French authorities imposed a curfew on New Caledonia’s capital Noumea and banned public gatherings after supporters of the Pacific island’s independence movement blocked roads, set fire to buildings and clashed with security forces.

Tensions in New Caledonia have been inflamed by the French government’s plans to give the vote to tens of thousands of French immigrants to the Melanesian island chain. The enfranchisement would create a significant obstacle to the autonomy aspirations of the indigenous Kanak people.

“Very intense public order disturbances took place last night in Noumea and in neighbouring towns,” France’s high commissioner to New Caledonia, Louis Le Franc, said in a statement Tuesday.

Some 36 people were arrested and numerous police were injured, the statement said.

The government of New Caledonia appealed Tuesday for “reason and calm” after riots over proposed voting reforms in the French Pacific territory.

“In the name of collegial government, we call on all Caledonians to demonstrate a sense of responsibility, our political, institutional, customary, religious, associative and family leaders. We ask them to use all the ways and means at their disposal to restore reason and calm,” it said.

France’s control of New Caledonia and its surrounding islands gives the European nation a security and diplomatic role in the Pacific at a time when the U.S, Australia and other Western countries are pushing back against China’s inroads in the region.

Kanaks make up about 40 percent of New Caledonia’s 270,000 people but are marginalised in their own land–they have lower incomes and poorer health than Europeans who make up a third of the population and predominate positions of power in the territory.

Video and photos posted online showed buildings set ablaze, burned-out vehicles at luxury car dealerships and security forces using tear gas to confront groups of protesters waving Kanaky flags and throwing petrol bombs at city intersections in the worst rioting in decades.

A dusk-to-dawn curfew will be imposed on Tuesday and can be renewed as long as necessary, the high commissioner’s statement said. Public gatherings in greater Noumea are banned and the sale of alcohol and carrying or transport of weapons is prohibited throughout New Caledonia.

The violence erupted as the lower house of France’s parliament debated a constitutional amendment to “unfreeze” the electoral roll, which would enfranchise relative newcomers to New Caledonia. It is scheduled to vote on the measure on Tuesday afternoon in Paris. France’s Senate approved the amendment in April.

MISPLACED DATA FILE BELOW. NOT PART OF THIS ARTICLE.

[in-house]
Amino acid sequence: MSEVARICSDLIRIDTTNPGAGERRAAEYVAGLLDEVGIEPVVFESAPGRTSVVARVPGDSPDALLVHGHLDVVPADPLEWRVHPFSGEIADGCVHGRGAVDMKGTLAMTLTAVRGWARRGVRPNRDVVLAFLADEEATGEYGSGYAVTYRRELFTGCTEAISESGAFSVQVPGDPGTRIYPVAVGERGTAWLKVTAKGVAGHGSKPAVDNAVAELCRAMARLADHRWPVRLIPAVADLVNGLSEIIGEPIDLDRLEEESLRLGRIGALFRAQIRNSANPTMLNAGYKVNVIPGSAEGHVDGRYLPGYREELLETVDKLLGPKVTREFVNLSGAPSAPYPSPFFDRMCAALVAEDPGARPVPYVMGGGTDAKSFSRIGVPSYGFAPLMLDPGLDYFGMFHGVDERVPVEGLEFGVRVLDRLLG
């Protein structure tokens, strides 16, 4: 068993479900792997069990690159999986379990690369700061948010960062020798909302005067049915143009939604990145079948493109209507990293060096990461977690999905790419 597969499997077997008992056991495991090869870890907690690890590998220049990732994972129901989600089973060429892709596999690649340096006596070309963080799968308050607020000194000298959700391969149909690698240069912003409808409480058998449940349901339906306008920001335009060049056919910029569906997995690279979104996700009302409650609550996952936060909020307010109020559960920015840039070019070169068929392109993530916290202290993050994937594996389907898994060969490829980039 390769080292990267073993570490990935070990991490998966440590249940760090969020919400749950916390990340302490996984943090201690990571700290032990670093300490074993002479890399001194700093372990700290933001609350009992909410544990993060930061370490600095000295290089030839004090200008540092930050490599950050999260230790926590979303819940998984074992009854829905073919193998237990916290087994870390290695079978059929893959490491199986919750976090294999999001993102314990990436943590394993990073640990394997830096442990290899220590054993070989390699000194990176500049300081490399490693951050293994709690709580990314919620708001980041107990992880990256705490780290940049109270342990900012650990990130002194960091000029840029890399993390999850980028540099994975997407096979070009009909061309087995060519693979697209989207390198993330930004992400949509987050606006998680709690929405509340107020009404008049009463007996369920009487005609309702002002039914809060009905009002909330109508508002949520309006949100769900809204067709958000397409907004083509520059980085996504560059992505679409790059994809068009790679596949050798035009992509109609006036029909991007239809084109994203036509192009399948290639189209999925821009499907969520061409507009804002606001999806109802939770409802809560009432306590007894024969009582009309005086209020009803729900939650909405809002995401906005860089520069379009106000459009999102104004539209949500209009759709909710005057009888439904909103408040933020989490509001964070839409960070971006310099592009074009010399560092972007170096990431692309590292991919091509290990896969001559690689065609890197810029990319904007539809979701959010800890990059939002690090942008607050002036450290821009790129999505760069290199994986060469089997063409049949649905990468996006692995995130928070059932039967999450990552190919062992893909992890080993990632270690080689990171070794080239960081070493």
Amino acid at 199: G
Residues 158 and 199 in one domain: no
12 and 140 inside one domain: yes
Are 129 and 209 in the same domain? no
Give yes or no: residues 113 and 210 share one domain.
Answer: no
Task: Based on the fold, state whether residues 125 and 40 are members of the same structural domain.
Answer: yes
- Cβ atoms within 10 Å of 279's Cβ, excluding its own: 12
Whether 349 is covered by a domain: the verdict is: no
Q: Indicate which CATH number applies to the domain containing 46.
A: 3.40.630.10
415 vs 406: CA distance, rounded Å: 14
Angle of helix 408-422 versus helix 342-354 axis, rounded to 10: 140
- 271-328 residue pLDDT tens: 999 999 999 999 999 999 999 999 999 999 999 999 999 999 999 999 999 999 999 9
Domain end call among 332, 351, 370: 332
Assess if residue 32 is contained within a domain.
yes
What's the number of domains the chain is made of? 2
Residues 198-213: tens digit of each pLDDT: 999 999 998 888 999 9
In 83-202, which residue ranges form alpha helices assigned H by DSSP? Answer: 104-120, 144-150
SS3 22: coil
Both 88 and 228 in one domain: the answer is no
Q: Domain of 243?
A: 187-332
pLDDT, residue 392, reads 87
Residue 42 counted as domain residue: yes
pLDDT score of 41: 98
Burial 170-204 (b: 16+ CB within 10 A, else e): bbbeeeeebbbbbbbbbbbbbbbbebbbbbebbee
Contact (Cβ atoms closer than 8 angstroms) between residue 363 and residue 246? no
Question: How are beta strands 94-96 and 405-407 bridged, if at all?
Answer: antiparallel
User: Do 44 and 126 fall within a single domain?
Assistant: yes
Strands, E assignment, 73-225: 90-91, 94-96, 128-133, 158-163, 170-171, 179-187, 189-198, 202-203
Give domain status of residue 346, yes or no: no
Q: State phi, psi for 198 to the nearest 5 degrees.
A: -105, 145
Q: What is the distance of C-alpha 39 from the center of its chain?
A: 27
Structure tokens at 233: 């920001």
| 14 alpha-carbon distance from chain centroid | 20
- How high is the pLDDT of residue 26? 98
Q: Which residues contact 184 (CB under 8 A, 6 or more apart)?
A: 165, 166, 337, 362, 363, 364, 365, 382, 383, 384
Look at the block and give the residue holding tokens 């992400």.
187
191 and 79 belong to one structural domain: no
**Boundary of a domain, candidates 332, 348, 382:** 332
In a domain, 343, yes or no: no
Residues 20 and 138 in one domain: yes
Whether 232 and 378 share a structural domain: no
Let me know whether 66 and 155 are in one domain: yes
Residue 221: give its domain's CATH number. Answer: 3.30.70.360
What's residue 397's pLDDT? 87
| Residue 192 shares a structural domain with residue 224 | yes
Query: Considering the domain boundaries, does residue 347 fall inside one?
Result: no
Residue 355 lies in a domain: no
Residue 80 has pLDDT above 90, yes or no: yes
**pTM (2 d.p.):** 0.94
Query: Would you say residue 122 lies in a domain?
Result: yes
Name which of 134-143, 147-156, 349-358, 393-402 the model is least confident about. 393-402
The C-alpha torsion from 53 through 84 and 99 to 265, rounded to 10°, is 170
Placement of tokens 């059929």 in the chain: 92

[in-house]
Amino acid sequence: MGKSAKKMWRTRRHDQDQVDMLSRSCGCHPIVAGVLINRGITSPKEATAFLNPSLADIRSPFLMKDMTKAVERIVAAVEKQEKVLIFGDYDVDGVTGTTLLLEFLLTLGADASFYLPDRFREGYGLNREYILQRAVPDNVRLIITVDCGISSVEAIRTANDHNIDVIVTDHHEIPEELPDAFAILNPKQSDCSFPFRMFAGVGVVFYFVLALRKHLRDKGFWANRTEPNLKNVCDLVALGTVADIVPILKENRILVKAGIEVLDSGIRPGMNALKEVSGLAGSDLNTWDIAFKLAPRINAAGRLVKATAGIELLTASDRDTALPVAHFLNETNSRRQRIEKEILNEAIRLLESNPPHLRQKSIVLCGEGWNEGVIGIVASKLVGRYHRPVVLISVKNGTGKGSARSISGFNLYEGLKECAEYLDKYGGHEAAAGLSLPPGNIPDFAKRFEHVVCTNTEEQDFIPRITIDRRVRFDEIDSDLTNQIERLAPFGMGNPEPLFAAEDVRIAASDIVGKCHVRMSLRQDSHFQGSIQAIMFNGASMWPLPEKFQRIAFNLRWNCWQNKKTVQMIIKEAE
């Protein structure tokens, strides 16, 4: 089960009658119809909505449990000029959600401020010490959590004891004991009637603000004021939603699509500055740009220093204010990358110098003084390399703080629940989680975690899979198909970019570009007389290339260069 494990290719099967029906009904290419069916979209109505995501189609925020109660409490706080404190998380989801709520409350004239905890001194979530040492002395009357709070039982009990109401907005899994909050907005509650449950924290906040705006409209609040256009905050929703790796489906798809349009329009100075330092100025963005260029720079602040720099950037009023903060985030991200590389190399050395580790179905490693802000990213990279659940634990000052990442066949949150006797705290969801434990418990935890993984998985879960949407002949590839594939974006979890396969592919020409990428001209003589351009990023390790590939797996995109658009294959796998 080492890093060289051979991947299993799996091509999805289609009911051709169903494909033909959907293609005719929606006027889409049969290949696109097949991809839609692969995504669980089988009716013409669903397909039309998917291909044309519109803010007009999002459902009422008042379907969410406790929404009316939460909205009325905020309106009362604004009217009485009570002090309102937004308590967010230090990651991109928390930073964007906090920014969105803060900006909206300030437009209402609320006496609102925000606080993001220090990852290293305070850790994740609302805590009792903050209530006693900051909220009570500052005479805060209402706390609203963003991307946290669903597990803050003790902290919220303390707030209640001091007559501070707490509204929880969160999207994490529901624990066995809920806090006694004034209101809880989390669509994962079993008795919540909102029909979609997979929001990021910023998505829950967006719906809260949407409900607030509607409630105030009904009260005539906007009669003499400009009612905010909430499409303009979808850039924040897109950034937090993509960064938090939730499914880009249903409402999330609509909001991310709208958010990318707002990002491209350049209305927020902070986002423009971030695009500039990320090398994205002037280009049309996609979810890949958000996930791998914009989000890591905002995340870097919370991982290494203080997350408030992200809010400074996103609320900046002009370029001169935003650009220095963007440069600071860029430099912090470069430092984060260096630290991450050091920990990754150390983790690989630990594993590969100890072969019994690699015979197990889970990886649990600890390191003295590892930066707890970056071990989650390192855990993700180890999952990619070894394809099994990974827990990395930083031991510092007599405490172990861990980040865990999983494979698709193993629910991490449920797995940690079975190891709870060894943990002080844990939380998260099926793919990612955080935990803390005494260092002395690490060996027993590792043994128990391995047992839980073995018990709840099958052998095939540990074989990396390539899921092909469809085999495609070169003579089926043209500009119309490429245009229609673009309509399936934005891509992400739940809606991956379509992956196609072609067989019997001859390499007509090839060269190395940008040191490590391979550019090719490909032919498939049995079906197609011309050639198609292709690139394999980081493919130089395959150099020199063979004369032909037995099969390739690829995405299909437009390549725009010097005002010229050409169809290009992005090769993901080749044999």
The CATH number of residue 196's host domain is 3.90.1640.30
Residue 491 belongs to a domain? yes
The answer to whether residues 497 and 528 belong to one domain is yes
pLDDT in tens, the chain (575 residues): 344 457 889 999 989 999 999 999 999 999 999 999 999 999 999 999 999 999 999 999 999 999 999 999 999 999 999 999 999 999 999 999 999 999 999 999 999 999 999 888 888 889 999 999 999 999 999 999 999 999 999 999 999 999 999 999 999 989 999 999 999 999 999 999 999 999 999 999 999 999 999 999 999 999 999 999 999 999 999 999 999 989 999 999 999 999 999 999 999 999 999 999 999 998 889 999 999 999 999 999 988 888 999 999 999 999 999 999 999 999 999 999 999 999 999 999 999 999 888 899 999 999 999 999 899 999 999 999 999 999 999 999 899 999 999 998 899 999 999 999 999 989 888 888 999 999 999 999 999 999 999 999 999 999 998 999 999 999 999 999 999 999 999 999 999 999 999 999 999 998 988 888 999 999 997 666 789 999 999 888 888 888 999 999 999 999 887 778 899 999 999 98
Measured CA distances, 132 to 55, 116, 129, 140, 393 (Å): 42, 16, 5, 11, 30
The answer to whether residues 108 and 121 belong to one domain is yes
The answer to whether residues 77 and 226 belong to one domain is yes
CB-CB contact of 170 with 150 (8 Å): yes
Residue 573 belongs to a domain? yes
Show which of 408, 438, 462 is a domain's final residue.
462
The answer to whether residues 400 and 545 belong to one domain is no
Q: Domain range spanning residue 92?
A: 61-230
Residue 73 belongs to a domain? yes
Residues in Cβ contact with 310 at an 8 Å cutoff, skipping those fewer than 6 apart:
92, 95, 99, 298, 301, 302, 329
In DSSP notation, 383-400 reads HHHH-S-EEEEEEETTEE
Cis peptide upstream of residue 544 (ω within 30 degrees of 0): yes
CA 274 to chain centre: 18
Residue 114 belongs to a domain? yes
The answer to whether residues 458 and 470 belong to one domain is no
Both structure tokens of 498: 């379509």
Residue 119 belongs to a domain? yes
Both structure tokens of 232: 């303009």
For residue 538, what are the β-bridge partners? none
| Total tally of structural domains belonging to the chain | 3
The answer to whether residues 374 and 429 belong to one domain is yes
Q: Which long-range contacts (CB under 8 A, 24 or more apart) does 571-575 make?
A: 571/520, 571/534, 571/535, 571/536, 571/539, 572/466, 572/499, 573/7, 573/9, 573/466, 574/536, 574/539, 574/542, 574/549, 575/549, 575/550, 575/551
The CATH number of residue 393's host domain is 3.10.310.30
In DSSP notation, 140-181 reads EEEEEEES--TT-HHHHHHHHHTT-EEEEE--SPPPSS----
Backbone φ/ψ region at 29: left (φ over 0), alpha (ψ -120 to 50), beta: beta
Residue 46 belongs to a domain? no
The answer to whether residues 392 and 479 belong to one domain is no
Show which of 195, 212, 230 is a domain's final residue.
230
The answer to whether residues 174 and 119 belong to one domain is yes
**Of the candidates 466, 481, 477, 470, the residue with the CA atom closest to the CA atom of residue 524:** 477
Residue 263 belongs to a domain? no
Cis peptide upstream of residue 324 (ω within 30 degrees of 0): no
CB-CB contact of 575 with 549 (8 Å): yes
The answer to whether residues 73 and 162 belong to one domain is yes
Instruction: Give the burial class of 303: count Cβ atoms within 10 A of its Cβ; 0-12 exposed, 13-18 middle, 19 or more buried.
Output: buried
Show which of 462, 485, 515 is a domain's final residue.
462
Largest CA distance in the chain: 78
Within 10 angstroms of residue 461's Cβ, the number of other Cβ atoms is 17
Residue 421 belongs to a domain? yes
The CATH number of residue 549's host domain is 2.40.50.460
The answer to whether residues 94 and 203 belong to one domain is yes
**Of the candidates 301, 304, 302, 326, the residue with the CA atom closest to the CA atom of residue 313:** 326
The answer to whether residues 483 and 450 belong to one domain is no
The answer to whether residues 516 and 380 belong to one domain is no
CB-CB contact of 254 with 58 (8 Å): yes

New Caledonia’s Congress, where pro-independence groups have a majority, on Monday passed a resolution that called for France to withdraw the amendment.

It said political consensus has “historically served as a bulwark against intercommunity tensions and violence” in New Caledonia.

“Any unilateral decision taken without prior consultation of New Caledonian political leaders could compromise the stability of New Caledonia,” the resolution said.

France’s Interior Minister Gérald Darmanin told his country’s legislature that some 42,000 people –about one in five possible voters in New Caledonia – are denied the right to vote under the 1998 Noumea Accord between France and the independence movement that froze the electoral roll.

“Democracy means voting,” he said.

New Caledonia’s pro-independence government–the first in its history– could lose power in elections due in December if the electoral roll is enlarged.

New Caledonia voted by modest majorities to remain part of France in referendums held in 2018 and 2020 under a UN-mandated decolonisation process. Three votes were part of the Noumea Accord to increase Kanaks’ political power following deadly violence in the 1980s.

A contentious final referendum in 2022 was overwhelmingly in favor of continuing with the status quo. However supporters of independence have rejected its legitimacy due to very low turnout – it was boycotted by the independence movement—and because it was held during a serious phase of the COVID-19 pandemic, which restricted campaigning.

Representatives of the FLNKS (Front de Libération Nationale Kanak et Socialist) independence movement did not respond to interview requests.

“When there’s no hope in front of us, we will fight, we will struggle. We’ll make sure you understand what we are talking about,” Patricia Goa, a New Caledonian politician, said in an interview last month with Australian public broadcaster ABC.

“Things can go wrong and our past shows that,” she said.

Confrontations between protestors and security forces are continuing in Noumea.

Darmanin has ordered reinforcements be sent to New Caledonia including hundreds of police, urban violence special forces and elite tactical units.